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By | Chris Mellor 28th January 2009 15:39

Dell and Cisco best buddies - for now

Strictly come network dancing

Cisco has introduced new converged data centre switching products and announced an expanded Dell relationship that could be threatened if the networking vendor's twinkle in the eye servers spring into being.

The 7018 joins the existing 7010 as a flagship data centre switch and has a 16-slot chassis supporting 512 10GigE ports. The 5010 is a 26-port switch, joing the existing 5020, and offering Fibre Channel, 20GigE, DCE (Cisco's Data Centre Ethernet - the one that won't drop packets), and FCoE (Fibre Channel over Ethernet) These 5000s aggregate traffic from various sources and send it on to the 7000s. Cisco has also announced a Nexus 2000 Fabric Extender which hook up servers to the 5000s in a network access layer (or edge).

The background here is that data centre IT infrastructure vendors are being encouraged to offer combined networking, server and storage offerings as Cisco brings a rumoured server offering to its Nexus switches and server vendor HP unleashes its ProCurve networking division to go head-to-head against Cisco with speculation that it is bring a router product to market. HP is also allying with Microsoft, Avaya and Riverbed to strengthen its networking offerings. This leaves other major vendors standing around like lemons at a dance deciding whether to step onto the floor on their own or look for a partner.

Sun is already on the floor with its servers, networking boxes and storage products and aggressively dancing the 'We can do it all now' samba. Cisco is looking for partners to extend its data centre switching market coverage while IBM, the great big blue elephant in the data centre dance, says nothing much, having sold its networking business several years ago. It looks potent though.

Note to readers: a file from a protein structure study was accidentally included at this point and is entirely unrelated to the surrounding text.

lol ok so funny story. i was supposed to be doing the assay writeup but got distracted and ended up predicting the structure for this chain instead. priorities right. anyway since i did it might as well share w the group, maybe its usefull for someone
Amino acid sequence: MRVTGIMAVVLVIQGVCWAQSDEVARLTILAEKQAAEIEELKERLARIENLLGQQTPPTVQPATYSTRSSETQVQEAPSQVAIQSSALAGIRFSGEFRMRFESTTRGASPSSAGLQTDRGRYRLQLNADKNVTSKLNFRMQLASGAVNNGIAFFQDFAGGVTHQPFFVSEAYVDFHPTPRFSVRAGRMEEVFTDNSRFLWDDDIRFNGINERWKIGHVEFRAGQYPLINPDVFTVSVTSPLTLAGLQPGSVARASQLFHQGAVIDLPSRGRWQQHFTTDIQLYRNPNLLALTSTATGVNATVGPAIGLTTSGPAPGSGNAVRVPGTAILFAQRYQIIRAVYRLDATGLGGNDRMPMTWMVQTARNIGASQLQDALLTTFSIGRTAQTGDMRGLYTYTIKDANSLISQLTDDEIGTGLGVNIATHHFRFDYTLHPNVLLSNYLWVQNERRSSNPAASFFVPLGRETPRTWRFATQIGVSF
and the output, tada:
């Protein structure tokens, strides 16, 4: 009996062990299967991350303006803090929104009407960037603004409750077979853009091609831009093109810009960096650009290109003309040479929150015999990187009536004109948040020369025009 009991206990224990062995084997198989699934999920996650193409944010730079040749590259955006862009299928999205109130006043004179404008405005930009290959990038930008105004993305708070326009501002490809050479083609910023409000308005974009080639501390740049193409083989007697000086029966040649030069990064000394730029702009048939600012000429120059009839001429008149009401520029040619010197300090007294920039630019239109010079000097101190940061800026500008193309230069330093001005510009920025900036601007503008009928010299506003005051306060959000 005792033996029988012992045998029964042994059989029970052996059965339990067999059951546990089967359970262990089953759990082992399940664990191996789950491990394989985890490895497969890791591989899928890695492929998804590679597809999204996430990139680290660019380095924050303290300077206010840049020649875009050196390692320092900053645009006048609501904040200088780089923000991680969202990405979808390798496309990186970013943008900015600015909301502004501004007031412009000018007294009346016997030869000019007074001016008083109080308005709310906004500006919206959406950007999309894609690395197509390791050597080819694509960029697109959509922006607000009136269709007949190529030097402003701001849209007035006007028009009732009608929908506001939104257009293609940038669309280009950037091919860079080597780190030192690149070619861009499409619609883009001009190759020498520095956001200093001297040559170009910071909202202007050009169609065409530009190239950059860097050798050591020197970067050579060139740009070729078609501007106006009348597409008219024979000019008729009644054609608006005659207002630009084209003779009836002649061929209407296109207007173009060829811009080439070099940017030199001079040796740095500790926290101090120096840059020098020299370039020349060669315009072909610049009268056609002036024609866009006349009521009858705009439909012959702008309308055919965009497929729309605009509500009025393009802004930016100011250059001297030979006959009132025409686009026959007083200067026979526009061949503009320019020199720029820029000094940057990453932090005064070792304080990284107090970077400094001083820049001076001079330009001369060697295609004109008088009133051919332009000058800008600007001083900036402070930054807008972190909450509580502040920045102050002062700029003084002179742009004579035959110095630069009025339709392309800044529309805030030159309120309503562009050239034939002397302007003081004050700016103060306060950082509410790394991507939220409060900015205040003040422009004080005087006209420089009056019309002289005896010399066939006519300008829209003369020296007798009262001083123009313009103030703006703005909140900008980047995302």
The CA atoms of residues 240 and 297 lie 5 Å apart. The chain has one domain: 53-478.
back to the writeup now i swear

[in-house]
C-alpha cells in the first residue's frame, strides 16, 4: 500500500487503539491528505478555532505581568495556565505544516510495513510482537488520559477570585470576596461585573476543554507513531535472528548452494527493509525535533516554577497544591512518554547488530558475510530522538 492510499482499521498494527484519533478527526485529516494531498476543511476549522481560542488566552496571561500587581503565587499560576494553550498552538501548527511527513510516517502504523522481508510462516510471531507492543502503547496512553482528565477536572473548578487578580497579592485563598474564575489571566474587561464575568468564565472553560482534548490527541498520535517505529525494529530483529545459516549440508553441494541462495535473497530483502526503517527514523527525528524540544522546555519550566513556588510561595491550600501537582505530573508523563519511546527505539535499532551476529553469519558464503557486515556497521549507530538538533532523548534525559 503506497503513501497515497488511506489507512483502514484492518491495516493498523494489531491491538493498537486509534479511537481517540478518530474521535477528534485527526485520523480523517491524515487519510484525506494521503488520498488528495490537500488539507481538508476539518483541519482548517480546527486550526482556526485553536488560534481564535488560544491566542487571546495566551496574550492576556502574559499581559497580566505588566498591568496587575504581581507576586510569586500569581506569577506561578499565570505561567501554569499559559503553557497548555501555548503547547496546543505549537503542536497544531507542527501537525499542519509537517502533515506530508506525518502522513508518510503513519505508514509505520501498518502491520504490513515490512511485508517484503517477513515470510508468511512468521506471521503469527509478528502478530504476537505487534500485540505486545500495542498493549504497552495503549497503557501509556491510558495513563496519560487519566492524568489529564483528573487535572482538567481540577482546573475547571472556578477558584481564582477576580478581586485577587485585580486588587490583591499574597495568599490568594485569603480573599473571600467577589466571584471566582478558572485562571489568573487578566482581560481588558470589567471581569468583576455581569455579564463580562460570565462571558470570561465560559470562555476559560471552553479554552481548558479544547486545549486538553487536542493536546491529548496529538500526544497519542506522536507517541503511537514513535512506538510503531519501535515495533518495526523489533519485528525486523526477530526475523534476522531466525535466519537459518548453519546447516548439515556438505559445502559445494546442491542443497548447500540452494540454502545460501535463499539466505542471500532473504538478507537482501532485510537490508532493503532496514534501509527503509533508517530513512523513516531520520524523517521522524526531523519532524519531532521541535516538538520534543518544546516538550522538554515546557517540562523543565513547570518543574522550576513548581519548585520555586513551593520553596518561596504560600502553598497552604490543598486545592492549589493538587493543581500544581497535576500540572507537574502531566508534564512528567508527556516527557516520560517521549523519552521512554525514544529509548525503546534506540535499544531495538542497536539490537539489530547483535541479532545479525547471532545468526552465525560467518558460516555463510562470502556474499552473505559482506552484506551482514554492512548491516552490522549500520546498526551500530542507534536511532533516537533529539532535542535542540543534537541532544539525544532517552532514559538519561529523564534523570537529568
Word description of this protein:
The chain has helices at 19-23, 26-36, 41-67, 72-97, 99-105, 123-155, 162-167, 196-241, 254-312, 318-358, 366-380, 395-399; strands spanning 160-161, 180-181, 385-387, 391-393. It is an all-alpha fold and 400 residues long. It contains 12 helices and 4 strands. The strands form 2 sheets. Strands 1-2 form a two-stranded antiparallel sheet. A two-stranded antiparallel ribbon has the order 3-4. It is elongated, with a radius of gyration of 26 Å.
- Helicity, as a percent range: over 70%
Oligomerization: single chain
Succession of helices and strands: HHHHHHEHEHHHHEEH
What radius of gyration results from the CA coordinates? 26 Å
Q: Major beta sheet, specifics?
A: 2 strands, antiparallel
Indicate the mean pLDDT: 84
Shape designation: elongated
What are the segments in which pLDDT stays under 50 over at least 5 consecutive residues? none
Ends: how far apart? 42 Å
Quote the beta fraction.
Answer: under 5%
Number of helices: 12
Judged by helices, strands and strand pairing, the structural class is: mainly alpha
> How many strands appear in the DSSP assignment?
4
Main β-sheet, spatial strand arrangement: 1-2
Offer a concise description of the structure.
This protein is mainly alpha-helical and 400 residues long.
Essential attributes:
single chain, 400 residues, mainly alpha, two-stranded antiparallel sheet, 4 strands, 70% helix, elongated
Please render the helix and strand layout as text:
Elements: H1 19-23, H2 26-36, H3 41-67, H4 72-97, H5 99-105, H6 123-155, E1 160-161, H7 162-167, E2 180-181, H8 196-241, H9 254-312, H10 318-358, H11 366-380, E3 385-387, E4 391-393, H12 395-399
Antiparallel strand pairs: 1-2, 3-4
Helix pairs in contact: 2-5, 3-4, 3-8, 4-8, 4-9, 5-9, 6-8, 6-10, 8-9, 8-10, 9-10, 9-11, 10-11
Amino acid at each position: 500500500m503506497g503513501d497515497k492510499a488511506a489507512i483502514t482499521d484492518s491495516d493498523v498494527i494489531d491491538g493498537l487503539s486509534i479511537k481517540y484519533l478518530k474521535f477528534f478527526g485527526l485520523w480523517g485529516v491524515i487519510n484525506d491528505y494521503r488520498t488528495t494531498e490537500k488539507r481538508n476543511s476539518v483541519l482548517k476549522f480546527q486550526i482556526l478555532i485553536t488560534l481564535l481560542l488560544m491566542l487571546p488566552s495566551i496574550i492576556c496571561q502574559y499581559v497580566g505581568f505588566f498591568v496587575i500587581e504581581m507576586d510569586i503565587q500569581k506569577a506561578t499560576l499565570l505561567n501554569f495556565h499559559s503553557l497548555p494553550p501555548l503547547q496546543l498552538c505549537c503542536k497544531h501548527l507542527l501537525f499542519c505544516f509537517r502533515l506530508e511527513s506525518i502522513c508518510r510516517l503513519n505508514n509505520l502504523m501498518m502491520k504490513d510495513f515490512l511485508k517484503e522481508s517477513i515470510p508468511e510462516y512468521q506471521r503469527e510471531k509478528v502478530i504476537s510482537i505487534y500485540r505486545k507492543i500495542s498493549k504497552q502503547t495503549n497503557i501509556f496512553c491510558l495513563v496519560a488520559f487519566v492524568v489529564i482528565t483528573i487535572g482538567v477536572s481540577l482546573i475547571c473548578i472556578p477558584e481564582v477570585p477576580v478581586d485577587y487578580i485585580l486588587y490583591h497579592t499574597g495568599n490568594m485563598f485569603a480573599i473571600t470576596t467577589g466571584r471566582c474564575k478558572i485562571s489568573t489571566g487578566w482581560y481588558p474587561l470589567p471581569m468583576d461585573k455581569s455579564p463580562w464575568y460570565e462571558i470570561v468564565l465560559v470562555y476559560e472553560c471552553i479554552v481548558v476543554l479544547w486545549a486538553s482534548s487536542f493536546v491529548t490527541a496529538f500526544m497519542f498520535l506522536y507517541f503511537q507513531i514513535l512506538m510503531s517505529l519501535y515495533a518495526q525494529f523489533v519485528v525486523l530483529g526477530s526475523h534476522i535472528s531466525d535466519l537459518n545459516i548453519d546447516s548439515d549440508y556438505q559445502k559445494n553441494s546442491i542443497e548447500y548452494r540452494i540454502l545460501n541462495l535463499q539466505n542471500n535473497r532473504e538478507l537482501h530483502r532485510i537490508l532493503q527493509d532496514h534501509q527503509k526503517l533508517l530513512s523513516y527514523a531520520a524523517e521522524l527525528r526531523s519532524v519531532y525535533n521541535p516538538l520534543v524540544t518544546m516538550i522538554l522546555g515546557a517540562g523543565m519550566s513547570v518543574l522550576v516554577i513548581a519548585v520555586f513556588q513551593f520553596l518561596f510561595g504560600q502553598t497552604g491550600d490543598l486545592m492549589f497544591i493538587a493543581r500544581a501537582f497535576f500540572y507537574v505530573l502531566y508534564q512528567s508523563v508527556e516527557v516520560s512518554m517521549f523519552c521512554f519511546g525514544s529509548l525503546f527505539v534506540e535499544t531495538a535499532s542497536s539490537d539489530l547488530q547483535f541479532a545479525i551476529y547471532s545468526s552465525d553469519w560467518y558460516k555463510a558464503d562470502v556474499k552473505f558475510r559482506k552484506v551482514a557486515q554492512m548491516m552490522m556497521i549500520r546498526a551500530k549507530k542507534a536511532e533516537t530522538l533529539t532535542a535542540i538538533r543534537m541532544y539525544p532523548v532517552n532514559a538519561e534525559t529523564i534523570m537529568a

Brocade is stepping up its competition against Cisco, having bought Foundry Networks and enunciating a combined storage and data centre networking vision. Both it and Cisco are punting converged data centre switching products; Brocade with its DCX product line, and Cisco with its Nexus 7000 and 5000 products under a Data Centre 3.0 rubric.

Dell will offer the existing Nexus 5020 switch with its other products to provide a pooled data centre offering combining servers, storage, and networking. It doesn't offer the 7000 switches.

Brocade is hoping that Dell will take its HBAs to add to the existing Silkworm Fibre Channel switches it offers. Dell currently offers Emulex and QLogic HBAs to connect to them, and to the Cisco MDS Fibre Channel switches on its list. If Dell takes the Brocade HBAs then, Brocade hopes, it could take the DCX product as well, the low-end DCX-4S probably, because, Brocade says, the combination of the two provides extra storage networking features.

Just because Cisco has beaten Brocade to the punch and won Dell's affections for its 5020 converged data centre switch doesn't mean the door is now closed to Brocade though. Dell doesn't believe in monogamy and is a confirmed networking bigamist.

If, and when, Cisco does bring out a server product line then it will compete with Dell and at that point Round Rock might re-examine its networking relationships and look for an alternate supplier. It is unlikely to take networking products from competing server vendors such as HP and Sun. At that point Brocade might start making admiring glances at Dell, flutter its fan, and suggest a strictly non-competitive two-step around the data centre floor.

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